Shear-driven turbulent transport in stellar radiative zones
Intervenant : Vincent Prat
Stellar models play an important role in many fields of astrophysics, from the chemical evolution of galaxies to the characterisation of planetary systems. However, these models present large uncertainties due to our lack of understanding of stellar evolution. In particular, magneto-hydrodynamical processes that transport chemical elements and angular momentum in stellar interiors are often poorly (or not at all) modelled in stellar evolution codes. In this context, numerical simulation is a crucial tool to provide additional constraints on such models and thus to improve the predictive power of stellar evolution theory.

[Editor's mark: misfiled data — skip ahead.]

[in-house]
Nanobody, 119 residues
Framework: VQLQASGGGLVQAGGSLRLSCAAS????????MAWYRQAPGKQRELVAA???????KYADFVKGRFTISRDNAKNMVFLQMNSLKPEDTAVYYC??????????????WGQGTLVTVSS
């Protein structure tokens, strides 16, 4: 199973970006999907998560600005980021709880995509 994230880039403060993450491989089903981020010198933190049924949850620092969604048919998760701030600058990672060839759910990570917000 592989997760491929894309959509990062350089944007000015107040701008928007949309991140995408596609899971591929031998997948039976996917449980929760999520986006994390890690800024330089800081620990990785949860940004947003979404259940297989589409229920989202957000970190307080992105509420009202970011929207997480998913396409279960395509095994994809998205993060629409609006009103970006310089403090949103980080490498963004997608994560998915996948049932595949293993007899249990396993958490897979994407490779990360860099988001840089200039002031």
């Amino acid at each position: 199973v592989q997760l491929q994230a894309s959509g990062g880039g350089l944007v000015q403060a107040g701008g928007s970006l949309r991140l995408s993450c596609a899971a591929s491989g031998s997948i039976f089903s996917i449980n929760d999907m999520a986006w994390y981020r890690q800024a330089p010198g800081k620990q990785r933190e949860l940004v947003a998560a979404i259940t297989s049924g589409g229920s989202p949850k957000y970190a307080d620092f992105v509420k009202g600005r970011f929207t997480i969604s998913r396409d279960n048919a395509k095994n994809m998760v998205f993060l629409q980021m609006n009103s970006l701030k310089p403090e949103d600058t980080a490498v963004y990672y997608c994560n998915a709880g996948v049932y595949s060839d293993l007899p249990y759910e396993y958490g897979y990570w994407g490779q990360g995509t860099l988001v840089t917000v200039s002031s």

Turbulence generated by the shear instability in stellar radiative zones is one of the processes that have been thought to induce transport in stellar interiors. This transport, often called rotational mixing, was first modelled by Zahn (1992, A&A, 265, 115) using phenomenological arguments. Recent asteroseismic observations show that such models may underestimate the transport by several orders of magnitude. The work that I will present consists in performing numerical simulations of the shear instability to test existing models and in proposing new prescriptions. In particular I will discuss the effects of the key physical ingredients that are thermal diffusion, stable stratification (thermal and chemical), and viscosity on vertical transport. I will also present a new theoretical model of horizontal transport that includes for the first time rotation, stable stratification and shear, and discuss the impact of this new prescription on stellar evolution.